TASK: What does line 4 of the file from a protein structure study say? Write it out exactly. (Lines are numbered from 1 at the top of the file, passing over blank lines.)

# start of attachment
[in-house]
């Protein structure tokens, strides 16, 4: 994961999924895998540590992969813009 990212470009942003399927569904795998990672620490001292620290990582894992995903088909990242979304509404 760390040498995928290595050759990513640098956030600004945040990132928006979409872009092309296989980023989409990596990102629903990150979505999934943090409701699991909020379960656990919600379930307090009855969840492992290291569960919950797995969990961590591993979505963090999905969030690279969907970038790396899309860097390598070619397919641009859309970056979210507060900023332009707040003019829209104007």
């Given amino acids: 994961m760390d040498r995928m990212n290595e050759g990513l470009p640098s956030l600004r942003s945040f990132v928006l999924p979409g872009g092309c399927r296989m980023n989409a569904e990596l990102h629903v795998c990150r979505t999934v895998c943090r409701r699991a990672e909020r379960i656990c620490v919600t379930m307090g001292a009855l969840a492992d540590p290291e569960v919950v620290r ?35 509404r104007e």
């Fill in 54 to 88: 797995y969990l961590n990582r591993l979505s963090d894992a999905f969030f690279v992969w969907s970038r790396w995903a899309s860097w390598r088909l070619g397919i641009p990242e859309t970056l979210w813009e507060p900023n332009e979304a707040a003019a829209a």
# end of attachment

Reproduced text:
């Fill in 54 to 88: 797995y969990l961590n990582r591993l979505s963090d894992a999905f969030f690279v992969w969907s970038r790396w995903a899309s860097w390598r088909l070619g397919i641009p990242e859309t970056l979210w813009e507060p900023n332009e979304a707040a003019a829209a």